The alpine vegetation just below the bare windswept summits of those mountains consists chiefly of mosses (Rhaccomitrium and Arctostaphylos) mixed with Cladina and other lichens, dwarf whinberries, and stunted heather. Among the heather will also be found dwarf shoots of blaeberry (Vaccinium Myrtillus) and Alchemilla alpina. Patches of alpine bearberry (Arctostaphylos uva-ursi) and other plants beaten down by the wind form a soft carpet affording a pleasant change to the hill climber who has been scrambling upon rough screes and boulders.
The lower reaches of the mountains are covered with peat. The Caithness peat hags have been gradually denuded by the action of wind and by drainage, but on the lower slopes of many hills there is still a heavy covering. The prevailing moorland plant is heather (Calluna vulgaris), which grows luxuriantly in sheltered places where the conditions are favourable, and shelters a varied undergrowth according to the nature of the soil and the supply of moisture. At one time nearly the whole of Caithness was covered with a layer of heather-clad peat, with an undergrowth of such plants as Hypnum and Hyocomium, where the drainage was good, and Scirpus and Sphagnums in the bogs and marshes. Dwarf birches rowans, alders, and willows grew in sheltered places, while crowberry and Scilla verna covered the grassy sward of the lower moors fringing the coast. As the climate became more temperate, and as artificial drainage was introduced, peat gradually receded from a great part of the lowland plains. Heather also gives way in places where the bracken fern nourishes or the whin (Ulex Europaea) is common, so that the undergrowth of such plants as Oxalis, Trientalis, and Luzula increases in vigour.
Along the banks of the streams and rivers the vegetation varies according to soil, exposure, the supply of moisture, and the amount of protection afforded by the river banks. Some plants prefer a loam, others a sandy or gravelly bed. Birches, though stunted, occur on the steep banks of various streams with an undergrowth of ferns and mosses. In Langwell and Berriedale valleys the trees attain a goodly growth, but the distribution of scrubwood along the watercourses of Caithness, as a whole, is not so wide as it once was, Hazel is common along some parts of the Dunbeath valley, while the alder and willow are more partial to the Berriedale and the Langwell, perhaps on account of the difference of the underlying rock formation. In the gravelly loams along the river beds there occur Cynosurus cristaius, Festuca, and Agrostis. The loams in the lower reaches of the Thurso and Wick rivers yield Eleocharis palustris, Equisetum, and Cares with sedges, reeds, and rushes.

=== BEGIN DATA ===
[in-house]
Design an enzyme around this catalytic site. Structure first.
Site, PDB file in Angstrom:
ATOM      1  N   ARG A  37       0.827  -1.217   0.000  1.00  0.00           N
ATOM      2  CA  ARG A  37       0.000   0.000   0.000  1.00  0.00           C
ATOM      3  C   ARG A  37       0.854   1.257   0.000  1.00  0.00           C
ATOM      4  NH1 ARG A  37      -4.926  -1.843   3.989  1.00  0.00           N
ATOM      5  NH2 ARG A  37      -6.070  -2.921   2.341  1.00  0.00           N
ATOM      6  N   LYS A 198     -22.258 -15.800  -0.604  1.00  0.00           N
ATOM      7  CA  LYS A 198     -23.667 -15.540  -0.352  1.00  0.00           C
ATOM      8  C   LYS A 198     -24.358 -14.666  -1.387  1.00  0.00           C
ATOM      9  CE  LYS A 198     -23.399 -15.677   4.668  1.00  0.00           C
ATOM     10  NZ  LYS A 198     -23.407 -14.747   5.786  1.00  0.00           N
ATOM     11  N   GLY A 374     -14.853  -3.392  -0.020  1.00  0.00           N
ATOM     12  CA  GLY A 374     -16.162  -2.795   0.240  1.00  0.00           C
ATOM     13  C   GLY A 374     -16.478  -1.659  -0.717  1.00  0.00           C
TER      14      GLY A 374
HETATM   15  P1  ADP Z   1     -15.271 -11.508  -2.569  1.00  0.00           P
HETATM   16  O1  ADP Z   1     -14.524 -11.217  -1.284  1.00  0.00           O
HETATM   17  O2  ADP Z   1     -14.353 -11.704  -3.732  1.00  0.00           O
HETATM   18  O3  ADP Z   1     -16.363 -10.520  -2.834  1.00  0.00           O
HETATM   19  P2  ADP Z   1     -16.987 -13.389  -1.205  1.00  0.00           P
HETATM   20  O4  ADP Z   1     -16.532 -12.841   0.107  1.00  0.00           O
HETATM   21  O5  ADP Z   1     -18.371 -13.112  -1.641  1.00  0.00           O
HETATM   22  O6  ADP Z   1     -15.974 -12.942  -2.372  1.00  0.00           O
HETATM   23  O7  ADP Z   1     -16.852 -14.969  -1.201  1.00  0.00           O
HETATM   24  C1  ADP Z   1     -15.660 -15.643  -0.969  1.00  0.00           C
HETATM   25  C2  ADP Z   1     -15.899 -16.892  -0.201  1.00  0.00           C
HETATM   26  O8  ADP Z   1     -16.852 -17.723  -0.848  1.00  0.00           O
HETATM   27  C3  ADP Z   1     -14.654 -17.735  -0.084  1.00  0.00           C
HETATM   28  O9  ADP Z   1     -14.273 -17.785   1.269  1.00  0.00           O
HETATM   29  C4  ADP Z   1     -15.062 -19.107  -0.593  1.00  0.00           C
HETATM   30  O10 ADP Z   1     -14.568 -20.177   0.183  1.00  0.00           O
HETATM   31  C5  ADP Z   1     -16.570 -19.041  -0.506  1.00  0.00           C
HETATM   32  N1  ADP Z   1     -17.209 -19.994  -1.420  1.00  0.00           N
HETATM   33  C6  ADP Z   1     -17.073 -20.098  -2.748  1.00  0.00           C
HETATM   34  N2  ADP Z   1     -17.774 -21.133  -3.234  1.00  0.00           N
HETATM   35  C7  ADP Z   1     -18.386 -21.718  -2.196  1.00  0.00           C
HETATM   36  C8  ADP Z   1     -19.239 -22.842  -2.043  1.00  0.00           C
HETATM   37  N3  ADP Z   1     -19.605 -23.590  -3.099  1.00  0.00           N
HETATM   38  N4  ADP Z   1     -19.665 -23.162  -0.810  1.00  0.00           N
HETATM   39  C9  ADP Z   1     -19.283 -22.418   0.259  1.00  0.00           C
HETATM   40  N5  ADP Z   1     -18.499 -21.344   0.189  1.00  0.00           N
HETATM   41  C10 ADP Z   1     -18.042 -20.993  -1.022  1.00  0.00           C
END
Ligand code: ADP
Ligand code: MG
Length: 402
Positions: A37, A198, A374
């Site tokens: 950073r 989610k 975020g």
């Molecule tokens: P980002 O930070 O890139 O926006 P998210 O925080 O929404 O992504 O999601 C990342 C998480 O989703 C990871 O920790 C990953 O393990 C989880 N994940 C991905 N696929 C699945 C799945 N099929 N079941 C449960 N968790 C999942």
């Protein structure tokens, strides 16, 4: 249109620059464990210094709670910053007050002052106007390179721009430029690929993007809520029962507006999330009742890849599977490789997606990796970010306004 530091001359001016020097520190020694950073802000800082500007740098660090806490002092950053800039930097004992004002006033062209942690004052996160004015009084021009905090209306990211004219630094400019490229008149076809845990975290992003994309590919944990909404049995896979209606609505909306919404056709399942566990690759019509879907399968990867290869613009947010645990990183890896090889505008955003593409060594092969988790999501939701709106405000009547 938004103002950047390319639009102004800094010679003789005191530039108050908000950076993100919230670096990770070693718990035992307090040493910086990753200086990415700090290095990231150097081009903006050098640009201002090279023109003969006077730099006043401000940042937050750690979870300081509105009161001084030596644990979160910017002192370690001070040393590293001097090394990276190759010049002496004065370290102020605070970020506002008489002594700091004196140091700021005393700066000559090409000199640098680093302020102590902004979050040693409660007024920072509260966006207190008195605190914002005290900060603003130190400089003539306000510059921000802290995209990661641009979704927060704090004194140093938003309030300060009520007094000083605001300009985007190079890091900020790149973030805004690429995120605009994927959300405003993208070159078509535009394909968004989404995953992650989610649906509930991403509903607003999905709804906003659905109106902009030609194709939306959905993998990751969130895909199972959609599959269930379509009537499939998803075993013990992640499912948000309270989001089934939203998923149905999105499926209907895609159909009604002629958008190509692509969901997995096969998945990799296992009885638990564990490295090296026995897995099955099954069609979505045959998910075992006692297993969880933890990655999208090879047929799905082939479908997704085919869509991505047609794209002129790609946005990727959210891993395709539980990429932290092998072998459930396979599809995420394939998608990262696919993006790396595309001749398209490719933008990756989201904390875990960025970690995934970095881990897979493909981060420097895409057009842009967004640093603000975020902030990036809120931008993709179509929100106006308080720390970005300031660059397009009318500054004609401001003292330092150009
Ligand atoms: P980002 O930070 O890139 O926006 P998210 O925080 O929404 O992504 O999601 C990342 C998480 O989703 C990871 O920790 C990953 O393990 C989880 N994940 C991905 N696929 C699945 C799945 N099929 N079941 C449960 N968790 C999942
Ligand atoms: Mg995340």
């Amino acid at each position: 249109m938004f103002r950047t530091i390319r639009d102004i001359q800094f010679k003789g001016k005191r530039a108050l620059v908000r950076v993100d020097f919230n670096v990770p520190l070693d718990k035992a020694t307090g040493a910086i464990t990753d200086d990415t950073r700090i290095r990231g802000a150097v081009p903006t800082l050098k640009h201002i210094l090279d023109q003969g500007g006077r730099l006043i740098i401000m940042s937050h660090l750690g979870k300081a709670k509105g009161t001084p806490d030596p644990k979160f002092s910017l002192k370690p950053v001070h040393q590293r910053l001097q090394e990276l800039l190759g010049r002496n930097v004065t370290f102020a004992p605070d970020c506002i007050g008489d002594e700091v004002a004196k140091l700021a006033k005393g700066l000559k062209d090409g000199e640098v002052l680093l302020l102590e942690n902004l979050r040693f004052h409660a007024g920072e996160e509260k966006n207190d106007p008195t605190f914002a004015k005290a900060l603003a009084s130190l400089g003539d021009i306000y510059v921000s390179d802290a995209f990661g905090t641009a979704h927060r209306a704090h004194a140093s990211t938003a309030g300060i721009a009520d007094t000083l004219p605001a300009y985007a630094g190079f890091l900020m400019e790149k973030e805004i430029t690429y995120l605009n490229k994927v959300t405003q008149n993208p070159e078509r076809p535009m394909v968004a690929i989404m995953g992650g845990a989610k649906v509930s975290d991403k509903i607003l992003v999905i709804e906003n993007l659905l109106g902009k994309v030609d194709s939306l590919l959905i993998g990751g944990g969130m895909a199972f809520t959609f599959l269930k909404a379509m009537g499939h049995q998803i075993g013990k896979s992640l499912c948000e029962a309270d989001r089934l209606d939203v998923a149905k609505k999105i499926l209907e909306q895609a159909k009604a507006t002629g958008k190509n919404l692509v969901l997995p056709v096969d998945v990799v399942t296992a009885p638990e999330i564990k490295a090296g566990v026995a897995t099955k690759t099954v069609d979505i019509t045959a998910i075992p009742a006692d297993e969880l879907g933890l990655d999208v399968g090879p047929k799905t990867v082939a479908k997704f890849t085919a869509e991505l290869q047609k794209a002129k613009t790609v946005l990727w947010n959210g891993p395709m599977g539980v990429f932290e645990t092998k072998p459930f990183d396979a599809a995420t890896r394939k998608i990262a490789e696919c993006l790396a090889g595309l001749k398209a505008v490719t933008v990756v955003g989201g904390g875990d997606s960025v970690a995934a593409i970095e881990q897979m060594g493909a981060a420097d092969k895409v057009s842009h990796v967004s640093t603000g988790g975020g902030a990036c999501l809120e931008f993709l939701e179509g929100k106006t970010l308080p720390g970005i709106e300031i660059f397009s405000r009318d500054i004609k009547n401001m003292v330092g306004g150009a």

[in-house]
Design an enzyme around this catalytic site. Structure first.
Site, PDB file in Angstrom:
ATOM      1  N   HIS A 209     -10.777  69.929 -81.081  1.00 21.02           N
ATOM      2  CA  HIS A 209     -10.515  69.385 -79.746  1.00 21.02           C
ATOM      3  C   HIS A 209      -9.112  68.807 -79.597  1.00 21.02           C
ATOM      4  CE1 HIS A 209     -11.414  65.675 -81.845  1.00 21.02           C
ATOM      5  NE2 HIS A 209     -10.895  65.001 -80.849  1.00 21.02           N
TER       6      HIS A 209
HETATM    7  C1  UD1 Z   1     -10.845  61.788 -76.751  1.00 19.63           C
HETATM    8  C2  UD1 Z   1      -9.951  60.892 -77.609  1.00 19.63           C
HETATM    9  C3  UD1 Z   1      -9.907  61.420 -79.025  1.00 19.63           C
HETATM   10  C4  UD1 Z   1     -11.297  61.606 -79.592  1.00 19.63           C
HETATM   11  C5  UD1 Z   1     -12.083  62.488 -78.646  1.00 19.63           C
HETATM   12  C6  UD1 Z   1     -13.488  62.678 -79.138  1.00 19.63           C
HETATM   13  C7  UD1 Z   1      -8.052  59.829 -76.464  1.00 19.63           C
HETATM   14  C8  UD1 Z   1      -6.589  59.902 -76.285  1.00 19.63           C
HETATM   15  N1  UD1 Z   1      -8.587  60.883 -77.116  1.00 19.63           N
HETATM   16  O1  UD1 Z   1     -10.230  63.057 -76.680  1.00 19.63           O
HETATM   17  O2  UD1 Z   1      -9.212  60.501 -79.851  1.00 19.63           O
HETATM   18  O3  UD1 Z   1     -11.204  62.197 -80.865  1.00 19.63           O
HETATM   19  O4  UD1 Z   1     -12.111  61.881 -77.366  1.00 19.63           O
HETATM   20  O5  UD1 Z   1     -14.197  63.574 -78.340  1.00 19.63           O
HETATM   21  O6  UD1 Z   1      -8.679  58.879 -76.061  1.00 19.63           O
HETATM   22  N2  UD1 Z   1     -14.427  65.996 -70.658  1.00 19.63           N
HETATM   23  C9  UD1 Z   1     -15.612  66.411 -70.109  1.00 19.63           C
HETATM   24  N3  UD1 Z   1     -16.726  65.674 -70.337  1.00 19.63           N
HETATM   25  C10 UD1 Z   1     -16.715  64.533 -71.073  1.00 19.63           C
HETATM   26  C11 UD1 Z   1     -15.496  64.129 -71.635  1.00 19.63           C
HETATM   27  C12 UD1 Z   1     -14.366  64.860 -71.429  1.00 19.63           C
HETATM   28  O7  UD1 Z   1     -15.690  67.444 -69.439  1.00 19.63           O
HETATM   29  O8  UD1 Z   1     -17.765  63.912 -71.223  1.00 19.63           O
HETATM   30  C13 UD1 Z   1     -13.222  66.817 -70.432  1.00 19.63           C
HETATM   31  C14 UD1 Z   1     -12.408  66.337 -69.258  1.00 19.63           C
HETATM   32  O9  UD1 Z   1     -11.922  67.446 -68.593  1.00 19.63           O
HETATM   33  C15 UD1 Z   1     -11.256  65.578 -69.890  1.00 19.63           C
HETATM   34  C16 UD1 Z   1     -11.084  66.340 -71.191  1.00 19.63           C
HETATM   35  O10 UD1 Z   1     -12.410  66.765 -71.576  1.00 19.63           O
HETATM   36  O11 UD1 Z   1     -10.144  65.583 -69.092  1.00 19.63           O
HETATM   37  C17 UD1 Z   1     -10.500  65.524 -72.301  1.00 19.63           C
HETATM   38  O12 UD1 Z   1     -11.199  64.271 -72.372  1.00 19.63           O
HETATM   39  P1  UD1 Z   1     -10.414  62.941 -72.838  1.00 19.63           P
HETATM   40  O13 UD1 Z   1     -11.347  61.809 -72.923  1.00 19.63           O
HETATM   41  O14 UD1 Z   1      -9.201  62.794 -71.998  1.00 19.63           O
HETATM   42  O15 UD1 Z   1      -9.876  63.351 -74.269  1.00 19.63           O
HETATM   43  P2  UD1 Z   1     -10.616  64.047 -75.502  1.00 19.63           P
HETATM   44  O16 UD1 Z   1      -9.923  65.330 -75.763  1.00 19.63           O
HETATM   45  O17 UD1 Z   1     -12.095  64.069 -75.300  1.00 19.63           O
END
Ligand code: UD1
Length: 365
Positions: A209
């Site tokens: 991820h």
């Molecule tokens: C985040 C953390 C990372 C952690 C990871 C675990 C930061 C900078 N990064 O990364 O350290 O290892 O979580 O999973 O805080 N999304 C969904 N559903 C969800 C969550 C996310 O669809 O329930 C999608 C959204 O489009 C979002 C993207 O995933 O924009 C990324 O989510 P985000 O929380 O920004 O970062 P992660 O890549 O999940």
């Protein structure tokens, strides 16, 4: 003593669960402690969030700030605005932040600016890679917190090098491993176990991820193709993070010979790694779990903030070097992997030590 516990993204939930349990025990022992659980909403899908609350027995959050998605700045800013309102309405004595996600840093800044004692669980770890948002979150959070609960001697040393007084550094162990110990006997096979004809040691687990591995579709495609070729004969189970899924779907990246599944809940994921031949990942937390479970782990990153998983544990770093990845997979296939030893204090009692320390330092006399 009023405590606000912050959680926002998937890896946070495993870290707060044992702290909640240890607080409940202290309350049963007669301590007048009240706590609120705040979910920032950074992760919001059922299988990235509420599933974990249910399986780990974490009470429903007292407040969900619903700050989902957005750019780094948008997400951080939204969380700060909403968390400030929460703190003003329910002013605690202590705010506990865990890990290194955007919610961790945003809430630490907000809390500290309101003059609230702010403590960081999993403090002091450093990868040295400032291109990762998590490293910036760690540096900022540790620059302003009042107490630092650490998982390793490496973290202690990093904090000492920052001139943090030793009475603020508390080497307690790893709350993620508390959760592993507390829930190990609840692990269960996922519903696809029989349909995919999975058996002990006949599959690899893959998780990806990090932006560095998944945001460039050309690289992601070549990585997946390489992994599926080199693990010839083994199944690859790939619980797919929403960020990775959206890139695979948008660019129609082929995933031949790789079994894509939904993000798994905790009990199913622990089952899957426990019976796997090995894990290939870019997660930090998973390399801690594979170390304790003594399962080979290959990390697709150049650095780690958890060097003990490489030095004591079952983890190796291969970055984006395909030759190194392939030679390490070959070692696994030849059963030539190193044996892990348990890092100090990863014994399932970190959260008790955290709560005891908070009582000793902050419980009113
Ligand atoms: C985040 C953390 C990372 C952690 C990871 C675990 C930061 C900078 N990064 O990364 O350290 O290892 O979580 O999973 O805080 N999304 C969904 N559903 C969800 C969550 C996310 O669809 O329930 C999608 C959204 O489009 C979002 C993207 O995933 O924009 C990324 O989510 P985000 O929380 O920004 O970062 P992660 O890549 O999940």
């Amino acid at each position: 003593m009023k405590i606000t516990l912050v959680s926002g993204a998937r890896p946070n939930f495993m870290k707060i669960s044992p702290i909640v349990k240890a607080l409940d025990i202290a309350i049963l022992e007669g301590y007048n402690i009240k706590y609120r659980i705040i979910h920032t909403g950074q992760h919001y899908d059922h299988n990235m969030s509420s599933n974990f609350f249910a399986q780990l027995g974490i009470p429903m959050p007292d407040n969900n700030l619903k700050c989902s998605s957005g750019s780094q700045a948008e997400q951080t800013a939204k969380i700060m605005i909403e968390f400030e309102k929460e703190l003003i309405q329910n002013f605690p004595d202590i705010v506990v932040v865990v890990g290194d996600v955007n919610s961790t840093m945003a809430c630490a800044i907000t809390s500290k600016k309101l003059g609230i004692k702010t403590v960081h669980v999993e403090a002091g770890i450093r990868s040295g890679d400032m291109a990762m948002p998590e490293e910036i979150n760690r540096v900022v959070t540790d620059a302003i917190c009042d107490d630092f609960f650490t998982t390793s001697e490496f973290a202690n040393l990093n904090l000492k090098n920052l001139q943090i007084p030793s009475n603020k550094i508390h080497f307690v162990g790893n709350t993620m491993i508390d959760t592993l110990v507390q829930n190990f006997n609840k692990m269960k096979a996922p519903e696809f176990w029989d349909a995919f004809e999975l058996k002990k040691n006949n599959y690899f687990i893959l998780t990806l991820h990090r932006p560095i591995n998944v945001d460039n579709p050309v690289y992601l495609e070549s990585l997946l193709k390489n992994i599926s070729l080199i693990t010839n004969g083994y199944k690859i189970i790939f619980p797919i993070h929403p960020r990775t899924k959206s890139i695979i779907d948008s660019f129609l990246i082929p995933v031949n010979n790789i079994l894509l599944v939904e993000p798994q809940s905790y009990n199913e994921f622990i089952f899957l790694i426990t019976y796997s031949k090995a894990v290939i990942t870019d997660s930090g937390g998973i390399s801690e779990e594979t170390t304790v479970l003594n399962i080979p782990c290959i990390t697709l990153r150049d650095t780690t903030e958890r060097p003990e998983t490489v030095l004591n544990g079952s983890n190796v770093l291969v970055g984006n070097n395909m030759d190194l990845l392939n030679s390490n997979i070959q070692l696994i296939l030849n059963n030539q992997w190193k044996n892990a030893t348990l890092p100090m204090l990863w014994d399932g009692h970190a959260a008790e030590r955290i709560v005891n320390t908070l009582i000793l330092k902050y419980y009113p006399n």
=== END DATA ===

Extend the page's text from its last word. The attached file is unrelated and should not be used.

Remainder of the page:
Along the Reisgill burn there is a varied flora under scrubwood consisting of birch, aspen, hazel, willows, and juniper. The birch woods of the Langwell valley are contracting in area, perhaps owing to deer as well as to the ravages of fungus and the denuding effects of wind. Young birches are not met with so often as seedling rowans. This is explained by the fact that birds help to distribute the berries of the rowan while the seed of the birch is spread chiefly by the action of the wind.